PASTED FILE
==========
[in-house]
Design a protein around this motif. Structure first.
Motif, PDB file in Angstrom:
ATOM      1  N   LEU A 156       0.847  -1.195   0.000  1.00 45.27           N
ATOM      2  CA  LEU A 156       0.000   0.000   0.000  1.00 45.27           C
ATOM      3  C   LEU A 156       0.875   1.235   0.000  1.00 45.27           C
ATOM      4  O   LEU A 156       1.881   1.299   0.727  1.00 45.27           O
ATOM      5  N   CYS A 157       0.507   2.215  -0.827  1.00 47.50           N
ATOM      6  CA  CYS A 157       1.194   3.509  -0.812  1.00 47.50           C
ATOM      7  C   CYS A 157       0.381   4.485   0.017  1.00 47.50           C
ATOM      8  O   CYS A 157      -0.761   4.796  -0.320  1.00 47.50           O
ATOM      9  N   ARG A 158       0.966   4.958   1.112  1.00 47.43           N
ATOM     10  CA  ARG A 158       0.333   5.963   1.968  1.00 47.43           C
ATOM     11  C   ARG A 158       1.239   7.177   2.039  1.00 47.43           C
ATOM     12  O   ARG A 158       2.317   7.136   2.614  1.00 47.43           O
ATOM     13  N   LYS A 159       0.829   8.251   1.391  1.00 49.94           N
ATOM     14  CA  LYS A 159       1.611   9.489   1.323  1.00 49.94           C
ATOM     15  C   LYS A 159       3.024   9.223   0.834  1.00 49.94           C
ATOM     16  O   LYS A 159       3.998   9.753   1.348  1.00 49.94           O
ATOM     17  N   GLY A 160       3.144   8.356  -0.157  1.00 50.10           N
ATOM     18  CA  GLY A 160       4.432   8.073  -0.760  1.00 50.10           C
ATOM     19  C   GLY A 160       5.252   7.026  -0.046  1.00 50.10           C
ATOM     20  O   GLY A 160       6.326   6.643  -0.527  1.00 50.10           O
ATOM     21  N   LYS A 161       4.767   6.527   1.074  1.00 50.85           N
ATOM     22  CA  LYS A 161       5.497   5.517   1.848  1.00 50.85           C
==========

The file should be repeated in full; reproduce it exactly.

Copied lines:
[in-house]
Design a protein around this motif. Structure first.
Motif, PDB file in Angstrom:
ATOM      1  N   LEU A 156       0.847  -1.195   0.000  1.00 45.27           N
ATOM      2  CA  LEU A 156       0.000   0.000   0.000  1.00 45.27           C
ATOM      3  C   LEU A 156       0.875   1.235   0.000  1.00 45.27           C
ATOM      4  O   LEU A 156       1.881   1.299   0.727  1.00 45.27           O
ATOM      5  N   CYS A 157       0.507   2.215  -0.827  1.00 47.50           N
ATOM      6  CA  CYS A 157       1.194   3.509  -0.812  1.00 47.50           C
ATOM      7  C   CYS A 157       0.381   4.485   0.017  1.00 47.50           C
ATOM      8  O   CYS A 157      -0.761   4.796  -0.320  1.00 47.50           O
ATOM      9  N   ARG A 158       0.966   4.958   1.112  1.00 47.43           N
ATOM     10  CA  ARG A 158       0.333   5.963   1.968  1.00 47.43           C
ATOM     11  C   ARG A 158       1.239   7.177   2.039  1.00 47.43           C
ATOM     12  O   ARG A 158       2.317   7.136   2.614  1.00 47.43           O
ATOM     13  N   LYS A 159       0.829   8.251   1.391  1.00 49.94           N
ATOM     14  CA  LYS A 159       1.611   9.489   1.323  1.00 49.94           C
ATOM     15  C   LYS A 159       3.024   9.223   0.834  1.00 49.94           C
ATOM     16  O   LYS A 159       3.998   9.753   1.348  1.00 49.94           O
ATOM     17  N   GLY A 160       3.144   8.356  -0.157  1.00 50.10           N
ATOM     18  CA  GLY A 160       4.432   8.073  -0.760  1.00 50.10           C
ATOM     19  C   GLY A 160       5.252   7.026  -0.046  1.00 50.10           C
ATOM     20  O   GLY A 160       6.326   6.643  -0.527  1.00 50.10           O
ATOM     21  N   LYS A 161       4.767   6.527   1.074  1.00 50.85           N
ATOM     22  CA  LYS A 161       5.497   5.517   1.848  1.00 50.85           C